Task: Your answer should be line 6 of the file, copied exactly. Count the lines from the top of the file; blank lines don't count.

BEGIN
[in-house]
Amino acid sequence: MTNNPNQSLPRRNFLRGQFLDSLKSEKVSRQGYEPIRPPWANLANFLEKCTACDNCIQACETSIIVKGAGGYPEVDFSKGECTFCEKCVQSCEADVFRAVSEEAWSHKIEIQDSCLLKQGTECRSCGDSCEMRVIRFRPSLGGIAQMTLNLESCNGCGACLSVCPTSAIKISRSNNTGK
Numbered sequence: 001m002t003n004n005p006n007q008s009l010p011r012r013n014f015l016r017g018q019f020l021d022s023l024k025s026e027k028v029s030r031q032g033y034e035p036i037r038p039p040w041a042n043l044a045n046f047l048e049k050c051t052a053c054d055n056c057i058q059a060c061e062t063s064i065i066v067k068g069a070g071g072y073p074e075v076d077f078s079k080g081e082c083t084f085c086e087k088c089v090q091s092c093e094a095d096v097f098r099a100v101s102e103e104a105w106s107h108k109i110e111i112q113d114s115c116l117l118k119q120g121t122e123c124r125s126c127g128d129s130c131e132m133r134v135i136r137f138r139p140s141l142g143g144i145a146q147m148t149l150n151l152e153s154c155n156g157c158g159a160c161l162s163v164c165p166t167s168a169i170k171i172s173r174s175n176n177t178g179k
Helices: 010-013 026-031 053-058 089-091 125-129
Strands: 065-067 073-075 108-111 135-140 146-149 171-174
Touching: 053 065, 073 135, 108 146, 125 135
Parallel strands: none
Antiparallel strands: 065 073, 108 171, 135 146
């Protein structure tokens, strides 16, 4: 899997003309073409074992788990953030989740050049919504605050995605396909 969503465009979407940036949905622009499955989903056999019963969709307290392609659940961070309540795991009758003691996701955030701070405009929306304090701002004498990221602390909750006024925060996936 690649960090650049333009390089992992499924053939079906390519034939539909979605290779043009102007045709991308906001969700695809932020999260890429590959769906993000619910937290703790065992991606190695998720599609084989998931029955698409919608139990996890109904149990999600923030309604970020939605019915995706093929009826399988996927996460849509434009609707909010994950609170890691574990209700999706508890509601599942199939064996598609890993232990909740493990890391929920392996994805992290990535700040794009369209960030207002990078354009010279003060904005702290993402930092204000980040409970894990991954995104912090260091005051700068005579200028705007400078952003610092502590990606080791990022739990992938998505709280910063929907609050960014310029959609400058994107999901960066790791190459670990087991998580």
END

Touching: 053 065, 073 135, 108 146, 125 135